Poor posture while staff are behind the wheel of a car will cost your business time and money.
The scale of back pain suffering in the UK is massive, with one in six working days lost due to the condition. Factor that number out across every worker in the country and the cost to UK plc is 4.9 million working days lost per year, according to figures from the Health and Safety Executive. This means lost productivity and potentially lost business because staff aren’t available to get to meetings.
According to Didcot-based Etcom People Engineers, a consultancy which works with companies to reduce the problem among company car drivers, there has been a rapid rise in clients suffering from back, neck or shoulder pain exacerbated by long hours spent at the wheel in poorly-adjusted seats.
According to Mannie Babington Smith, a physiotherapist with the company, common faults include not sitting back squarely in the seat and slumped shoulders and chest.
She claims that for around two-thirds of sufferers, the problem can be solved without physiotherapy but simply by drivers being assessed behind the wheel to acheive the correct posture.
She said: ‘Although some people are given guidance when choosing cars, very rarely are they given it from the standpoint of adopting best practice in posture.
‘I would like to see fleet managers issue posture training at the wheel as part and parcel of their health and safety regime, knowing that at the end of the line it may well result in improved productivity and bottom line.’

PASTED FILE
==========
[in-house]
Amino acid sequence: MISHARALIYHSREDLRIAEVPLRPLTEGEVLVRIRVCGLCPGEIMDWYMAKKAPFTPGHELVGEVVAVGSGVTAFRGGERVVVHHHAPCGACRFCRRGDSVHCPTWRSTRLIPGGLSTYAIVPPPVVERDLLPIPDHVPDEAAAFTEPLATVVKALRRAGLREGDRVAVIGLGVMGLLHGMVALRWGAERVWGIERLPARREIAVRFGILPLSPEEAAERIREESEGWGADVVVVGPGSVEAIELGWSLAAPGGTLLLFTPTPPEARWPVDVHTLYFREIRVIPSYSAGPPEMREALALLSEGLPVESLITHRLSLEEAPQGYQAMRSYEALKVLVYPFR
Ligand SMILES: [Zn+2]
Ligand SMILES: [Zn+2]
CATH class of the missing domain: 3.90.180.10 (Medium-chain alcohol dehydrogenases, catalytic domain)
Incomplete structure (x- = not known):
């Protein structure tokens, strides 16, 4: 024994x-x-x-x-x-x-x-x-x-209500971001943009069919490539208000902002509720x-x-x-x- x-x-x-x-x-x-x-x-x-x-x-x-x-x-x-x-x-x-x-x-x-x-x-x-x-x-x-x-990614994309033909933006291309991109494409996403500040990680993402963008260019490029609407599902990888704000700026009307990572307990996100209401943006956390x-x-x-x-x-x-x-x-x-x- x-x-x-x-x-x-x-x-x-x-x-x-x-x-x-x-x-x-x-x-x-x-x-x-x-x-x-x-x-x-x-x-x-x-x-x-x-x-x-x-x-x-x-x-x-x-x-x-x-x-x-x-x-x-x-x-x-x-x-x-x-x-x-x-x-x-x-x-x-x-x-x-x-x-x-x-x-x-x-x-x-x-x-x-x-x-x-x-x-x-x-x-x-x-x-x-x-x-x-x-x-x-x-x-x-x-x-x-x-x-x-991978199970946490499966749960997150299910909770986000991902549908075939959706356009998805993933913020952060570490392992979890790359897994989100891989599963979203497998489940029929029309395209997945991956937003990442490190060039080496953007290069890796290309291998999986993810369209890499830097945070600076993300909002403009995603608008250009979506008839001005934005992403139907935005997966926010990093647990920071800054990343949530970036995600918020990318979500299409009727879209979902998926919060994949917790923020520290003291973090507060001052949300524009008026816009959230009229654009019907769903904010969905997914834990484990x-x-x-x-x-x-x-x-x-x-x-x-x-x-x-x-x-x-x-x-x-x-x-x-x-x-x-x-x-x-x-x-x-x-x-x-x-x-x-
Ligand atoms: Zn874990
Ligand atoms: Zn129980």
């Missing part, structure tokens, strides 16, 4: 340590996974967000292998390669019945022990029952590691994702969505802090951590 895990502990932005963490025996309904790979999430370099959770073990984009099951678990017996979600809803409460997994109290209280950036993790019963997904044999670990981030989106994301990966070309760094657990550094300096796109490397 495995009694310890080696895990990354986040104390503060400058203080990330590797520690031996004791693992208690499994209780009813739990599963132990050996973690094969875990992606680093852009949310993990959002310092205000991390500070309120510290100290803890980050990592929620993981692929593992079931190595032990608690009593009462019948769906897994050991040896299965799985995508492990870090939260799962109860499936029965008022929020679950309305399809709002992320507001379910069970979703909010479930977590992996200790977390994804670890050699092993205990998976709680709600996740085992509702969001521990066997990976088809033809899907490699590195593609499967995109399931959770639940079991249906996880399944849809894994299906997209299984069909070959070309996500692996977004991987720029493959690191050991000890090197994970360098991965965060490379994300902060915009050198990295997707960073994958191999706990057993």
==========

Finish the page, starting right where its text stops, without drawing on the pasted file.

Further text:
Incorrect: the shoulders and chest are slumped and the driver’s bottom is not tucked into the back of the seat. The driver is also too close to the steering wheel
Correct: the shoulder blades are touching the back of the seat, the chest is upright and the bottom is tucked into the back of the seat. Also a better distance from the wheel
Top 10 posture tips
1. The lower chest should come forward and up in order to relax the shoulder blades back and down
2. Shoulder blades should be in good contact with the back of the seat. The lower spine should not push into the back support.
3. The back of the head should be one finger’s thickness away from the headrest
4. Hands should be in the ‘ten-to-two’ position
5. The steering wheel should be directly in front of the driver and the driver’s wrist should be able to rest on top of the wheel
6. Avoid headrests which push the head forward
7. Choose a car without a lip at the back of the boot so equipment doesn’t have to be lifted over it
8. Drivers should not twist round to grab something from the back seat – stop and get out of the car
9. If drivers have a laptop or anything heavy on the passenger seat they should not haul it over to them: they should go round to the passenger door to get it
10. Men should not have a wallet in the back pocket as this twists the pelvis and can cause severe pain.
(Source: Etcom People Engineers)